“Knowledge is Power”, is literally set in stone above the main entrance at my junior high school. This quote as best I can determine is attributed to Sir Francis Bacon, an English author, courtier, and philosopher (1561-1626). He penned the quote in 1597. During this same writing he wrote the sentence that, “The more one knows, the more one will be able to control events.”
I must have looked at that quote hundreds of times without truly understanding the deep meaning. Now, fast forward a few decades and without a doubt, I Finally GOT It! Being able to “control events”, like determine pattern, series, and trends involving crime events and subsequently develop and enact a strategy to gain control of said event(s) definitely applies to the simple and insightful quote from many centuries past. By gaining control, I am referring to law enforcement action that may lead to identifying, locating and arresting suspects and/or preventing future events of a similar nature, thus controlling or gaining control of an event(s). In order to develop a successful strategy that addresses a law enforcement or public safety event boils down to having adequate knowledge that will provide the power to “control said event.”
This is where, in my mind, the importance of sharing data comes into play. For the purpose of this article I would like to make a few observations regarding data sharing from a “regional” point of view. One specific issue I want to address is the data sharing issue among agencies who exist in proximity to each other. There is a definite need and in most cases a desire to share data and information across jurisdictional boundaries. Basic Crime Control Strategy requires addressing crime patterns, series and trends. Everybody knows that criminals do not confine their lawlessness to jurisdictional boundaries. Everybody also knows that in order to conduct good crime analysis one must have a certain volume of data, the more data, the better probability of successful analysis. Agencies who work together in a geographic region truly understand the importance of sharing crime data across jurisdictional boundaries. Sharing data will greatly assist with developing solid and effective crime control strategies and gaining control of a serial criminal who is creating havoc from community to community. However, in many if not most geographic areas data sharing is easier said than done.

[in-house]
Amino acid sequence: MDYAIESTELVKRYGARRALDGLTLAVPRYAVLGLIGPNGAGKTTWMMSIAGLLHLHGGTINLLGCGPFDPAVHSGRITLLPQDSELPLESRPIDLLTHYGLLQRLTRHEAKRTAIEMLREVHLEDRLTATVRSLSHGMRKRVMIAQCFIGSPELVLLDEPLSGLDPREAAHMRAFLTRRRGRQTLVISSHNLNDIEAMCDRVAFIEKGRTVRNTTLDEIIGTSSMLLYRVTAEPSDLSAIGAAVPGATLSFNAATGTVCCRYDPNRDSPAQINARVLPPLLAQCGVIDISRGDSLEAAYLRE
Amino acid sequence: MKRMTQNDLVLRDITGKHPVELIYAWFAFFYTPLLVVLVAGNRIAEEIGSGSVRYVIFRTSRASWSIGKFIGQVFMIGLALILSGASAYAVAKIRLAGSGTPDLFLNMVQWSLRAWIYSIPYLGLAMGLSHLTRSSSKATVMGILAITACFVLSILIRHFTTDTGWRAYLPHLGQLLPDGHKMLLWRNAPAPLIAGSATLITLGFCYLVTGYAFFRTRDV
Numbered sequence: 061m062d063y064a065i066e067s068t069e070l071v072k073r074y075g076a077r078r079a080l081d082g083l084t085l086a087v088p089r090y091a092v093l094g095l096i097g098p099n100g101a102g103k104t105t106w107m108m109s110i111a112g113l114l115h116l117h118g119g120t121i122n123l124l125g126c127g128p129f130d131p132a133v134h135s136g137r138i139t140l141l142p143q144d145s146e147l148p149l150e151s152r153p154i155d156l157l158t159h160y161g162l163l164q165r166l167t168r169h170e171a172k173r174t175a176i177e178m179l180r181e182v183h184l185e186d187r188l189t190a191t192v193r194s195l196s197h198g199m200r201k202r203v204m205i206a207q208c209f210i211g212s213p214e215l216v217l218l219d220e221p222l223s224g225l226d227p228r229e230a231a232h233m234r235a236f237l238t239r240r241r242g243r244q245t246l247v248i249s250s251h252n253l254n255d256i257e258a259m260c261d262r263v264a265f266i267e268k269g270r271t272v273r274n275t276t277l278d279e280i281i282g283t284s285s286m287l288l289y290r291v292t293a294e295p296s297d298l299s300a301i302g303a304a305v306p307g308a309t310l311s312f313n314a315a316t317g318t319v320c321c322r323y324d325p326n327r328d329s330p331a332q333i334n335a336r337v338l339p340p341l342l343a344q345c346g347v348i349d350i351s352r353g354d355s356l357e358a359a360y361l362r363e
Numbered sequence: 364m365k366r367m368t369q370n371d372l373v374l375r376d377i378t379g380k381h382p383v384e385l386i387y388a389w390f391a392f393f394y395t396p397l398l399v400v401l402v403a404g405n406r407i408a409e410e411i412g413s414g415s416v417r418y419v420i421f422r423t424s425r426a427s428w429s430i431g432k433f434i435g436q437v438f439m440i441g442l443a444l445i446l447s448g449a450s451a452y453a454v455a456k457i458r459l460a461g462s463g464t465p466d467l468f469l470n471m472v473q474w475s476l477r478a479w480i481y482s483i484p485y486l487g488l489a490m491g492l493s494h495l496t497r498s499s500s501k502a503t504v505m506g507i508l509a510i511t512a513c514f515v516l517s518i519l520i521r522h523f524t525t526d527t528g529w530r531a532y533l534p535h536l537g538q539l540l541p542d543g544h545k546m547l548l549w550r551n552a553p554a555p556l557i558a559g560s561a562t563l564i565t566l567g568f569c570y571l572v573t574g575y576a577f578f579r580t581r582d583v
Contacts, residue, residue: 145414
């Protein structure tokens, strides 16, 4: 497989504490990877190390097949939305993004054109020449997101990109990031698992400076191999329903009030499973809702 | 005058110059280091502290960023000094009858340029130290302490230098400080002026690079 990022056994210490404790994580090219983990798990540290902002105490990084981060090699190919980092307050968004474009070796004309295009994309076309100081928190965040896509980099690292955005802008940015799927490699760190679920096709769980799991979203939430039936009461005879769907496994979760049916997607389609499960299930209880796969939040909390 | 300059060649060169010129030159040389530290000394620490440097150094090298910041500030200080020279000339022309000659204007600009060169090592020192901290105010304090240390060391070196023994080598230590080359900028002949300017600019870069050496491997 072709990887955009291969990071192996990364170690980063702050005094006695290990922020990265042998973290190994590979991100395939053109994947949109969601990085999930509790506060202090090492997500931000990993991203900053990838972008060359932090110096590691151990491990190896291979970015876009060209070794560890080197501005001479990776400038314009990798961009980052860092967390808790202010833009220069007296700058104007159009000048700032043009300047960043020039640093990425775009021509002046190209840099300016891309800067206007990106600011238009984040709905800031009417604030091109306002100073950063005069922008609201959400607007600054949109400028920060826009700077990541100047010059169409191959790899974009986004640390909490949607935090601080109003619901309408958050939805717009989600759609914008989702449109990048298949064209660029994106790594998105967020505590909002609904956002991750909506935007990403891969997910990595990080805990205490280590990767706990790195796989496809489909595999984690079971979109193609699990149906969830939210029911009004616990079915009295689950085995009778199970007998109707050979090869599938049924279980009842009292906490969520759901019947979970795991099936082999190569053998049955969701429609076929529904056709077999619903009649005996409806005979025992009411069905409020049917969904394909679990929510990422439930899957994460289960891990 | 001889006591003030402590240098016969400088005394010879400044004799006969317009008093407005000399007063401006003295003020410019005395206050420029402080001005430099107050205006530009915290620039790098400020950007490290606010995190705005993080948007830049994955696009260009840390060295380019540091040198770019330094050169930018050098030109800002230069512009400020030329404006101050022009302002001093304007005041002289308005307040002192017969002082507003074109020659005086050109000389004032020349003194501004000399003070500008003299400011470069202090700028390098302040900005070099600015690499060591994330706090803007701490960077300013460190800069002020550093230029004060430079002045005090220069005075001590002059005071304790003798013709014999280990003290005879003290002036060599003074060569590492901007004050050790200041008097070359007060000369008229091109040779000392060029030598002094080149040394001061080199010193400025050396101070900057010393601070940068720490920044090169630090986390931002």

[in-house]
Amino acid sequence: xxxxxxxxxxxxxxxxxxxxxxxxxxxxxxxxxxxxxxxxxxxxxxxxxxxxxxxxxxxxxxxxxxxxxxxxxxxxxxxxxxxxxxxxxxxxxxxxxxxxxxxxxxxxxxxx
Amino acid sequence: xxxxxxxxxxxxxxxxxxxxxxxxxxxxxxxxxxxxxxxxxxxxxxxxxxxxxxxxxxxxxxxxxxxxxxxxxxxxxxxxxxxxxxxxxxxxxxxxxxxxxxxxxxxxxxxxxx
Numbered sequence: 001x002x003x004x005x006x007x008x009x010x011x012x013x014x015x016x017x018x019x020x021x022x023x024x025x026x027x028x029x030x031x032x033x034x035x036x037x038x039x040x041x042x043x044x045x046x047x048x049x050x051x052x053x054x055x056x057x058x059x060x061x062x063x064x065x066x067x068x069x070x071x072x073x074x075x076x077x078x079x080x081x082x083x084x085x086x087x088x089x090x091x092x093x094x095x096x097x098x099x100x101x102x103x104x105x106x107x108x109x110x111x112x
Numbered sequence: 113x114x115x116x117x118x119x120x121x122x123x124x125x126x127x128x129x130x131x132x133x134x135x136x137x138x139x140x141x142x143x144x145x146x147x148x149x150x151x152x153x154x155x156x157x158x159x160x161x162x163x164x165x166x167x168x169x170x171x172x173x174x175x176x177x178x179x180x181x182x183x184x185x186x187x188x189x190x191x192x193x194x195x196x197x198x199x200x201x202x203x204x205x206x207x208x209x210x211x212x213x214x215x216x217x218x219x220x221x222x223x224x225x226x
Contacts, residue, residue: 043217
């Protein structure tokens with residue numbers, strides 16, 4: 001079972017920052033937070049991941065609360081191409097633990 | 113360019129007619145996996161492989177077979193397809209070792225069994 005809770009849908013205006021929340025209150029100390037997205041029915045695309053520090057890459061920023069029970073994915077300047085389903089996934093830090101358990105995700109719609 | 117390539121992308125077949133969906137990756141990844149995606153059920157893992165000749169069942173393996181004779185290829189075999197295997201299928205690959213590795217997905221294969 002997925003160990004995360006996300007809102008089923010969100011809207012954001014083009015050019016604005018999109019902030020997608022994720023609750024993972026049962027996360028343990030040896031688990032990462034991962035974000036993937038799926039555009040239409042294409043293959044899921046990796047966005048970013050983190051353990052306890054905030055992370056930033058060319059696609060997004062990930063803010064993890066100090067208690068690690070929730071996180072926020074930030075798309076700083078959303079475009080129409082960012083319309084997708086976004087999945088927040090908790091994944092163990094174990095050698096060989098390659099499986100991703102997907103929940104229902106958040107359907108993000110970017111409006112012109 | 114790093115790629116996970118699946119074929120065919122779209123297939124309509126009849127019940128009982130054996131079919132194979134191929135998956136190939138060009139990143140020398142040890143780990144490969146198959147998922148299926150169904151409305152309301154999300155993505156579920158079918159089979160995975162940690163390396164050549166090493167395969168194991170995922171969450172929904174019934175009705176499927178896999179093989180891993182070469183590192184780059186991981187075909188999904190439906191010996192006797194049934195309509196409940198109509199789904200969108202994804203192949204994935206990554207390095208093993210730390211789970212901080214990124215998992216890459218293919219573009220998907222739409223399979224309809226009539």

There are hosts of legitimate reasons as to why the law enforcement data is not shared efficiently and effectively among neighboring agencies. The time has passed where law enforcement leaders of their respective agencies are not willing to share data and information. The “modern day” choke point, according to my research and personal conversation with law enforcement executives and administrators, appears to be multi-faceted. The ever present budget constraints, a lack of standardized reporting systems and the inability for Record Management Systems (RMS) to interface with each other without customized and expensive translation services are just a few of the obstacles. I totally agree and understand that the obstacles are valid and not easy to overcome. However, I also believe that with a focused mission guided by strong leadership the “mountain” can be scaled.
The majority of the present day law enforcement leadership appears to have moved beyond understanding that sharing data and the willingness to do is no longer optional. Now is the time for law enforcement leadership to acquire the knowledge necessary to address and eliminate the obstacles and impediments that are hindering and preventing all levels of law enforcement from truly sharing data across the entire public safety community.
Once the knowledge is obtained and a collective understanding of the issue is acknowledged, that will in fact provide law enforcement leaders the “power” as Sir Francis Bacon so eloquently stated in 1597, to control the event and make our communities safer. Knowledge is in fact Power and “The more one knows, the more one will be able to control events.”
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